Amid days filled with management and meetings, there is still time to steal away to the special collections. It’s there that the sublime sneaks in, peeking through the humdrum. As we prepared to create a video of the unfolding of The Philosopher’s Stone by Daniel Kelm and Barbara Fahrner, I was concerned about clean hands and short-filed nails, in order to handle the work smoothly. Weirdly, I didn’t worry about knowing what I was doing, because I had viewed this book-object many times. As we were positioned the piece and opened it, it revealed itself in magical ways. I realized that every time I look at The Philosopher’s Stone, I see it differently. I hope that the clip on our website shows how the piece works, and perspectives from which it’s viewed.
The subject is alchemy, and the artists have strong affinities for this search for arcane wisdom. Kelm is an accomplished and original binder and self-described “poetic scientist”; Fahrner frequently collaborates with contemporary poets in her innovative and imaginative books, which are often inspired by early books and manuscripts. Both have lengthy experience making books that express their content not only in images and texts, but also—and more importantly—in their materials, shapes, and construction.
This work reveals their sympathies with earlier scientists’ searches for the Philosopher’s Stone, the mythic material used to make precious metals such as gold and silver. For centuries, alchemists recorded their recipes in books of secrets; not published or printed, these were handwritten like early cookbooks, and filled with enigmatic texts and images. Similarly, in The Philosopher’s Stone we discover a deep world of strange signs and symbols. Kelm designs a book which comes unhinged as it’s revealed and read. Fahrner sketches a floating world of the four elements: earth, air, wind and fire, populated by ghosts and monsters. Captions (“aqua,” “SOL”), brief texts, and micro-writing are in multi-colored inks.
Just out of the box, The Philosopher’s Stone is about 6 by 8 by 6 inches closed. Not a rock, but a stone, it’s not very big. People never forget it, but they tend to remember it as larger. I think this is because it has such a strange shape. Comprised of eccentrically angled sections, the peculiar structure looms in memory. As I approached it this time, I had just boiled some eggs and was thinking how much this book-object is like an egg. Very concretely, it reminds me of how carefully I crack one open, not wanting to gouge the white. In other words, I am being extremely cautious, just touching the flaps of The Philosopher’s Stone with my fingertips. It feels like I should cup it in my hand protectively, for this truly seems like one of the basic elements in creation, the beginning of life and knowledge. Normally a perfect oval, this one is misshapen and imperfect, more like an awkward baby bird. But it’s also a little like a globe, with eccentric sectors like map gores.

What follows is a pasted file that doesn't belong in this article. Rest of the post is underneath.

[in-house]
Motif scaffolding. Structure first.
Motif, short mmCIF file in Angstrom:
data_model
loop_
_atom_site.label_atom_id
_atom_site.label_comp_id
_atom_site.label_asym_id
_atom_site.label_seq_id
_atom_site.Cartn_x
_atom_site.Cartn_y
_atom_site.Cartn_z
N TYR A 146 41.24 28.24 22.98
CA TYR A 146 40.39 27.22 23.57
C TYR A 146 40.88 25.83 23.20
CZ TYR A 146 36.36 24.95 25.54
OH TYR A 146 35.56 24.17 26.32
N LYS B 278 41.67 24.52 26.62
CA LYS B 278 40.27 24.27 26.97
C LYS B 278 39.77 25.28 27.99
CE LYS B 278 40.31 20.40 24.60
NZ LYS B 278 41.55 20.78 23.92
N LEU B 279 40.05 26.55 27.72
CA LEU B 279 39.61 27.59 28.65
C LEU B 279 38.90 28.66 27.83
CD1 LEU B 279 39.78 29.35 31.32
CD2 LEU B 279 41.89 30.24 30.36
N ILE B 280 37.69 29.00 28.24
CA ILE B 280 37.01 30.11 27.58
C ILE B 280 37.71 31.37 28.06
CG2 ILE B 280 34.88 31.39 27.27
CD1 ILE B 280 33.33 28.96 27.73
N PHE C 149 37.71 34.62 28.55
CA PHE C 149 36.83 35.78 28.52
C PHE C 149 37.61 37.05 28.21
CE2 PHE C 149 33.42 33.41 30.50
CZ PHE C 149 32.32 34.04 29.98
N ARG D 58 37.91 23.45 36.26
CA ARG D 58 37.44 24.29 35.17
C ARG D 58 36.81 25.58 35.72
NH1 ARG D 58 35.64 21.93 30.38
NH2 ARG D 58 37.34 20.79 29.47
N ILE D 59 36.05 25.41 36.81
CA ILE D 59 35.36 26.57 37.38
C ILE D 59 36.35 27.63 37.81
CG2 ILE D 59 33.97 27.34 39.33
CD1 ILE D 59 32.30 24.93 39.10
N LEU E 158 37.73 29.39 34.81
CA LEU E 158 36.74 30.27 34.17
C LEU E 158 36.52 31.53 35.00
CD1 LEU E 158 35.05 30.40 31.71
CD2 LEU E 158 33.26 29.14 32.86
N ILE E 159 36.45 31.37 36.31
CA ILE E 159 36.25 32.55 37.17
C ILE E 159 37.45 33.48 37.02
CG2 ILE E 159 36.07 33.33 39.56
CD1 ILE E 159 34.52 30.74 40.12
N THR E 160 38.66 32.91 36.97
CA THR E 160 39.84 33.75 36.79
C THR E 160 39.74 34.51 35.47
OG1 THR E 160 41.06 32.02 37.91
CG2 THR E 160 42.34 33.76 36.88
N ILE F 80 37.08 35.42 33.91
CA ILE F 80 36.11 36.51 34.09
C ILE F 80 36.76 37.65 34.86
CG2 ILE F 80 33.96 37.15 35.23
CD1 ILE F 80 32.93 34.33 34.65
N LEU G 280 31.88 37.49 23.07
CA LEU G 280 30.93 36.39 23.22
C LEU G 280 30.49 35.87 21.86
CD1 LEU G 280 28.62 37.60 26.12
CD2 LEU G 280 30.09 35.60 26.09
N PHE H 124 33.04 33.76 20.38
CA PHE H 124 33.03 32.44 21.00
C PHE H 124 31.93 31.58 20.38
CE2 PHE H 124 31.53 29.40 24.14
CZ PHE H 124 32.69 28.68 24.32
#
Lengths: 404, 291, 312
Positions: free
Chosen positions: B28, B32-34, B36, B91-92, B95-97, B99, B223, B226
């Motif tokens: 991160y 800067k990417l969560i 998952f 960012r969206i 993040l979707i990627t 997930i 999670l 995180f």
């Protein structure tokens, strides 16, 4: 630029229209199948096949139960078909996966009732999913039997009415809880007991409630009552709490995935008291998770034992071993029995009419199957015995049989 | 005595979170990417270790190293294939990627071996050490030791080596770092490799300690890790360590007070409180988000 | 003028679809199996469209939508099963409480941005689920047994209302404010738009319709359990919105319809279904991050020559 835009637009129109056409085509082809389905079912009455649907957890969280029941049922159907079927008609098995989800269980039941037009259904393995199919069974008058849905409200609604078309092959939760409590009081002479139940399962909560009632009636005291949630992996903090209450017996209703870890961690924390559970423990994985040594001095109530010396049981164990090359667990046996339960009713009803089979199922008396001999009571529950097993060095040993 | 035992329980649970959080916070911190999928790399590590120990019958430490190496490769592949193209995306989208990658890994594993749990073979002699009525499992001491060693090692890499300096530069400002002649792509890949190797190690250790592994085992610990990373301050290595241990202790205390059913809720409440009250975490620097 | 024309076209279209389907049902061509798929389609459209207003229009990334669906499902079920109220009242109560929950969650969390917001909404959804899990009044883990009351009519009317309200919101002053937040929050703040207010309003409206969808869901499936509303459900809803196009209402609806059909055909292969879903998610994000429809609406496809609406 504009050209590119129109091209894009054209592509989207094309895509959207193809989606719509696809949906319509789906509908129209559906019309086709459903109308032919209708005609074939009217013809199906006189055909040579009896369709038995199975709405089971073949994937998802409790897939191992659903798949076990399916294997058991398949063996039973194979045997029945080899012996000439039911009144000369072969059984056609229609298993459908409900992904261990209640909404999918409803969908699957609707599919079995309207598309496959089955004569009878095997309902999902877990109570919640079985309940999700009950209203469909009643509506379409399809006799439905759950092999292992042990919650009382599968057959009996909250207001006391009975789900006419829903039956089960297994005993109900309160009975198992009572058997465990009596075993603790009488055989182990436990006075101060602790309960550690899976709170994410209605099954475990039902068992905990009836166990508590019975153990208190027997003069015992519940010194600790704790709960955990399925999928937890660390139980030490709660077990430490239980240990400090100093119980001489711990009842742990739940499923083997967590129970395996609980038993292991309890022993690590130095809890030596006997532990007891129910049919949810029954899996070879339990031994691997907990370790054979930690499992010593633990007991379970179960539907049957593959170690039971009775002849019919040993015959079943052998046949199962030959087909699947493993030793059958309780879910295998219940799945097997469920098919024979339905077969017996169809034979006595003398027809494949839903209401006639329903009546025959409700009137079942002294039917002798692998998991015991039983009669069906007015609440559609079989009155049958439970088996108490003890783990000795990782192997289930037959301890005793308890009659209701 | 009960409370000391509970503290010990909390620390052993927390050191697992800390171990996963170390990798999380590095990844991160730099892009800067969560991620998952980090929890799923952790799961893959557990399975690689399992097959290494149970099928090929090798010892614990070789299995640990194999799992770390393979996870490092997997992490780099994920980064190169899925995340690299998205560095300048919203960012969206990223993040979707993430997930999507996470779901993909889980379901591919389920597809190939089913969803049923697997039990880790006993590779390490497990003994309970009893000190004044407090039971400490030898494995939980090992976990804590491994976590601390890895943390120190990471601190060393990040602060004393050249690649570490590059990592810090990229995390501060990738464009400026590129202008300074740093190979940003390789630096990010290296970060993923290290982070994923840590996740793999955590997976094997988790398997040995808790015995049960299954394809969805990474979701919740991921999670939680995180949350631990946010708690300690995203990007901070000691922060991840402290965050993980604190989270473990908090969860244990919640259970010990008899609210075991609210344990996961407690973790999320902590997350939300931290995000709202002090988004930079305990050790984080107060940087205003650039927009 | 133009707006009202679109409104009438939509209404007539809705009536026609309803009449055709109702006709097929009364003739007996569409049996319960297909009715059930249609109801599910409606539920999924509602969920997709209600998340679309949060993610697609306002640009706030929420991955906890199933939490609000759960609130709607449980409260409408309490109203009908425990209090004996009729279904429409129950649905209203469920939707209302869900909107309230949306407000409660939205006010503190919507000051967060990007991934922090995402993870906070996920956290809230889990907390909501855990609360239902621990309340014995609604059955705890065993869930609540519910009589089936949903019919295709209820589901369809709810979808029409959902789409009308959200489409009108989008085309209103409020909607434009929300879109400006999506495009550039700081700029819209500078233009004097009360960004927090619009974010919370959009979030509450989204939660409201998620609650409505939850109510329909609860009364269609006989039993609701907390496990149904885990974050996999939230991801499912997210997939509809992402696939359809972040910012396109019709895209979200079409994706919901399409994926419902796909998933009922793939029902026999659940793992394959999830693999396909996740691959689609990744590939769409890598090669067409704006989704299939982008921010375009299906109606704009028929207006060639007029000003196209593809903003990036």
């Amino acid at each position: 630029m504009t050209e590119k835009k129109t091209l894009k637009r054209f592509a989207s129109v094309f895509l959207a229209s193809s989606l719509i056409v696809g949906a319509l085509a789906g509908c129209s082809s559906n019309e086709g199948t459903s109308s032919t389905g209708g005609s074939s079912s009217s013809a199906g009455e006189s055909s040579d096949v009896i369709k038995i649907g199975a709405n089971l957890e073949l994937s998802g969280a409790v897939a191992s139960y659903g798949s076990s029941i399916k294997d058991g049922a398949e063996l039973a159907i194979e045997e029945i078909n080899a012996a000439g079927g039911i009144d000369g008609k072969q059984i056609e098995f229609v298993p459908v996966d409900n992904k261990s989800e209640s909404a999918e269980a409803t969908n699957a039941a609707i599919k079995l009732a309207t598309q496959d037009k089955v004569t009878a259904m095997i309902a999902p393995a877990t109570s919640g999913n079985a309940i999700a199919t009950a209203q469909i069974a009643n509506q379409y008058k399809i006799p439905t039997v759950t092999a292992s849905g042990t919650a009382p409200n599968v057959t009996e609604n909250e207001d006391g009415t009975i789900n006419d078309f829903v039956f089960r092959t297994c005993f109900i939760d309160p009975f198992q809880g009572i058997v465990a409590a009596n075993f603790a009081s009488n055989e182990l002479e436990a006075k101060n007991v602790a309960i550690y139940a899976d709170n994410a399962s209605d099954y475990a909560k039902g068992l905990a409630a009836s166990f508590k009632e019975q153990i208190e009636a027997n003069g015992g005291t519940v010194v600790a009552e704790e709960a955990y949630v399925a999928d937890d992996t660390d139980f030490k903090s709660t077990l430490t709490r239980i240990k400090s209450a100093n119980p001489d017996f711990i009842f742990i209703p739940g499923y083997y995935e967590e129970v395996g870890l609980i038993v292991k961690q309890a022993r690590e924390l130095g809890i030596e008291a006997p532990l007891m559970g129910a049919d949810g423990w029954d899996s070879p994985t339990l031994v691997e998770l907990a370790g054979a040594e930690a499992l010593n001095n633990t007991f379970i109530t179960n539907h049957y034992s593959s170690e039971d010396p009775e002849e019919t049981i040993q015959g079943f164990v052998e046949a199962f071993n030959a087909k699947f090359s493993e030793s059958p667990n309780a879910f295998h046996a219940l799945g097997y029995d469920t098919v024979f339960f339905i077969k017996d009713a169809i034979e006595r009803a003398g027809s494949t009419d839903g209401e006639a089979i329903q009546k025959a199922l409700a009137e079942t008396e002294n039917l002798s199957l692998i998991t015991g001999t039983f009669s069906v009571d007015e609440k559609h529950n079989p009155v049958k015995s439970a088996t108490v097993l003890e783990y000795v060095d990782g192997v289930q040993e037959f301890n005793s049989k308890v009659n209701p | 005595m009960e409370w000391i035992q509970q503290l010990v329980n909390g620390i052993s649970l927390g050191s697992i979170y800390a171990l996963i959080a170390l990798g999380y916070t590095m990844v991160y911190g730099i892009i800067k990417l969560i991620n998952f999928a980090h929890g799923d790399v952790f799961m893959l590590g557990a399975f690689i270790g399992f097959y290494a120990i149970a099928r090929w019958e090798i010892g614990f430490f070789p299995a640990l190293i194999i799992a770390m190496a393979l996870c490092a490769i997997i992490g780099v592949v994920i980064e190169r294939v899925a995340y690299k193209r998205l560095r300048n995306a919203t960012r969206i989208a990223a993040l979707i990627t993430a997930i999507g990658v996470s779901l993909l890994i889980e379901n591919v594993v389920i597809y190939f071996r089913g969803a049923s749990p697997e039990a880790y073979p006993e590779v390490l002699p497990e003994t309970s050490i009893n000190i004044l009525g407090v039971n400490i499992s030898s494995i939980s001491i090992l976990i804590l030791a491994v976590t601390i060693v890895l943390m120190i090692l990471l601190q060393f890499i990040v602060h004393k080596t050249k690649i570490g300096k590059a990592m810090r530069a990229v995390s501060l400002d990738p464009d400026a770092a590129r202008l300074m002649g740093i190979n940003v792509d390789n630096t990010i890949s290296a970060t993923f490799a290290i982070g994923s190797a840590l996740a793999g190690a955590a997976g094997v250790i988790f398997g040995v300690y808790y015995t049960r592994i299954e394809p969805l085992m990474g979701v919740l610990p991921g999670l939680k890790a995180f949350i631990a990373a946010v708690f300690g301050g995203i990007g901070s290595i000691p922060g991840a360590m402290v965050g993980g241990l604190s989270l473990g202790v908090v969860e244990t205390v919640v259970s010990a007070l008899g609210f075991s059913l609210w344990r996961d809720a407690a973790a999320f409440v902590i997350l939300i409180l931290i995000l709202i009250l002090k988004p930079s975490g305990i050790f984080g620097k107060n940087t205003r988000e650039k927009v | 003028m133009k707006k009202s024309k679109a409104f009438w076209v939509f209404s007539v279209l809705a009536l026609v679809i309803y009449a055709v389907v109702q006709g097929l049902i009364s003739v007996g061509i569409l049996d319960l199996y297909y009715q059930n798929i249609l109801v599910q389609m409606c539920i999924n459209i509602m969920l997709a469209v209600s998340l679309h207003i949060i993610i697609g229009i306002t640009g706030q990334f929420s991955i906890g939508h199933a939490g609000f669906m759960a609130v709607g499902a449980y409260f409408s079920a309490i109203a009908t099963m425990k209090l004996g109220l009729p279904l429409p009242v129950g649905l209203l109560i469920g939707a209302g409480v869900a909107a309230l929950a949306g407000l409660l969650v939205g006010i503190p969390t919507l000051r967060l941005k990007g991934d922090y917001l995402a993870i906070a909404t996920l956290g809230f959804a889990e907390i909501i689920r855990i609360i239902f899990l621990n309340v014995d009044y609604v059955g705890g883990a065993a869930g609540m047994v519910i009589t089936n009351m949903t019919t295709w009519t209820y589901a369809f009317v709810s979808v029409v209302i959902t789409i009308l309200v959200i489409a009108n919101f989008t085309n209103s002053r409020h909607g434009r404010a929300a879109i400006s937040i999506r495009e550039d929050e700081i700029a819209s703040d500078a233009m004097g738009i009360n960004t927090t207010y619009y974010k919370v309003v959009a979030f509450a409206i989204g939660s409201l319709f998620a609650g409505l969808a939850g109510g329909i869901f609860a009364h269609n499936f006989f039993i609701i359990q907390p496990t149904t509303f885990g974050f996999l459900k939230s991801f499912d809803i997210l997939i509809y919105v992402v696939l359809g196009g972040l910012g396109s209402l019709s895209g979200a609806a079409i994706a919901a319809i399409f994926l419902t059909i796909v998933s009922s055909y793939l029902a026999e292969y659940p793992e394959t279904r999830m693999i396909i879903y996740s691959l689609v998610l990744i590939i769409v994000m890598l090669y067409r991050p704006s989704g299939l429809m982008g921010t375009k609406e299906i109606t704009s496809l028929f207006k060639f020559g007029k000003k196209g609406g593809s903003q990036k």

The irregular geometry attracts and makes you want to figure it out. The evocative, allusive shapes and images shift depending on the sides and openings of the piece. I can’t decide if it’s oddly perfect, or beautifully and crookedly imperfect like a stone or shell you find while beachcombing.
Taking The Philosopher’s Stone apart is relatively easy. Putting it back together is hard. You learn that one of the Stone’s secrets is its own appropriate alchemy. Opening up the Stone and then closing it back up follows classic alchemical processes: compose, decompose; build it up, break it down; create, destroy. Each section is held together with pins as thin as guitar strings, with a bend at the end to pull. Each has a specific place in the Stone. Not only am I plucking the pins carefully, but I am keeping them in order.
For some strange reason, it’s always missing a couple of these pins, although, heaven knows, I am careful to put them back! It’s good to think that others are similarly drawn to taking it apart, disturbing its small world, but then they’re careless or hurried about reconstructing it. No worries! At the Getty Research Institute, our genius book conservator has a steady supply of replacement pins in different lengths. That’s another feature: no two pins are the same length, so the Stone is a bit of a puzzle to solve.
Deceptively simple at first glance, this unique book object displays the seamless artistic and intellectual collaboration of its creators Kelm and Fahrner. Their fabrication of words and images is intended to be seen from diverse angles, shifting like a kaleidoscope as it opens up. The work calls out the importance of tactility in artists’ books—touching and holding them—revealing how this is part of reading and understanding them.
In 1992, when I first saw The Philosopher’s Stone at Steve Clay’s Granary Books in New York, there was no hesitation about its acquisition. It is perfect for the Research Institute because of its subjects, which parallel our strong collections on emblems, alchemy, and enigmatic signs and symbols. As an alternative form, a book-object, its shaped text and images have a distinctive creative unison and pages that fall in successive petals. Handling The Philosopher’s Stone is an intensely absorbing and ultimately satisfying experience that contrasts with the flat vacuity of reading or viewing on your phone, poking at texts with your fingers, flipping with thumbs.
Somehow, until this piece became the star of its own short film, I never realized how truly meta it was, in all senses. It’s both meta and physical, visual, legible, deeply experiential, and meditative. Like many of the modern and contemporary works in the Getty’s special collections, it looks back to memories of many earlier illustrated books and manuscripts, especially books of secrets, recipe books on materials for glues, colors, paints, and alchemical materials and processes, which were also essential to making art.